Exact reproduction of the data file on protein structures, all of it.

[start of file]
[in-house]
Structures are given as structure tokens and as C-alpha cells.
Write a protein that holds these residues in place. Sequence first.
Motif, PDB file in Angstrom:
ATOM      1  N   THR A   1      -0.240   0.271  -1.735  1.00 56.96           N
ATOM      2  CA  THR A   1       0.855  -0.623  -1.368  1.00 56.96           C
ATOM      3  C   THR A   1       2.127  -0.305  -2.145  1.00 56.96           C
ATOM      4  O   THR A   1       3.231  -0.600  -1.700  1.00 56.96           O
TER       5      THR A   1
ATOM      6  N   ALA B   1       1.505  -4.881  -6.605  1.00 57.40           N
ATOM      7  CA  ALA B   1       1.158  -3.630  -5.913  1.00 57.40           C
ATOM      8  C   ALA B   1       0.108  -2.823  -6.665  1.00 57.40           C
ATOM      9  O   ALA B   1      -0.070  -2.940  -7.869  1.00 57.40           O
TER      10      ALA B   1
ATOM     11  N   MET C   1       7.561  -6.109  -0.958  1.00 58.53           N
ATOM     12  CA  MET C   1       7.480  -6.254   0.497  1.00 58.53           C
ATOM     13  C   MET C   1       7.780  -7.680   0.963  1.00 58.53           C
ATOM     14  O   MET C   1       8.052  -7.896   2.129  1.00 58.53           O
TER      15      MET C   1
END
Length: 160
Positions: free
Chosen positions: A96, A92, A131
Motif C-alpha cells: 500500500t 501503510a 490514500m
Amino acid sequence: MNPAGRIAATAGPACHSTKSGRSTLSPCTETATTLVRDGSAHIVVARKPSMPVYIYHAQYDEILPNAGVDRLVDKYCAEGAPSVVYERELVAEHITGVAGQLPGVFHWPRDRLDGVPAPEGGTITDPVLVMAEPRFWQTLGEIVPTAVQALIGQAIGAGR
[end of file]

[in-house]
Structures are given as structure tokens and as C-alpha cells.
Write a protein that holds these residues in place. Sequence first.
Motif, PDB file in Angstrom:
ATOM      1  N   THR A   1      -0.240   0.271  -1.735  1.00 56.96           N
ATOM      2  CA  THR A   1       0.855  -0.623  -1.368  1.00 56.96           C
ATOM      3  C   THR A   1       2.127  -0.305  -2.145  1.00 56.96           C
ATOM      4  O   THR A   1       3.231  -0.600  -1.700  1.00 56.96           O
TER       5      THR A   1
ATOM      6  N   ALA B   1       1.505  -4.881  -6.605  1.00 57.40           N
ATOM      7  CA  ALA B   1       1.158  -3.630  -5.913  1.00 57.40           C
ATOM      8  C   ALA B   1       0.108  -2.823  -6.665  1.00 57.40           C
ATOM      9  O   ALA B   1      -0.070  -2.940  -7.869  1.00 57.40           O
TER      10      ALA B   1
ATOM     11  N   MET C   1       7.561  -6.109  -0.958  1.00 58.53           N
ATOM     12  CA  MET C   1       7.480  -6.254   0.497  1.00 58.53           C
ATOM     13  C   MET C   1       7.780  -7.680   0.963  1.00 58.53           C
ATOM     14  O   MET C   1       8.052  -7.896   2.129  1.00 58.53           O
TER      15      MET C   1
END
Length: 160
Positions: free
Chosen positions: A96, A92, A131
Motif C-alpha cells: 500500500t 501503510a 490514500m
Amino acid sequence: MNPAGRIAATAGPACHSTKSGRSTLSPCTETATTLVRDGSAHIVVARKPSMPVYIYHAQYDEILPNAGVDRLVDKYCAEGAPSVVYERELVAEHITGVAGQLPGVFHWPRDRLDGVPAPEGGTITDPVLVMAEPRFWQTLGEIVPTAVQALIGQAIGAGR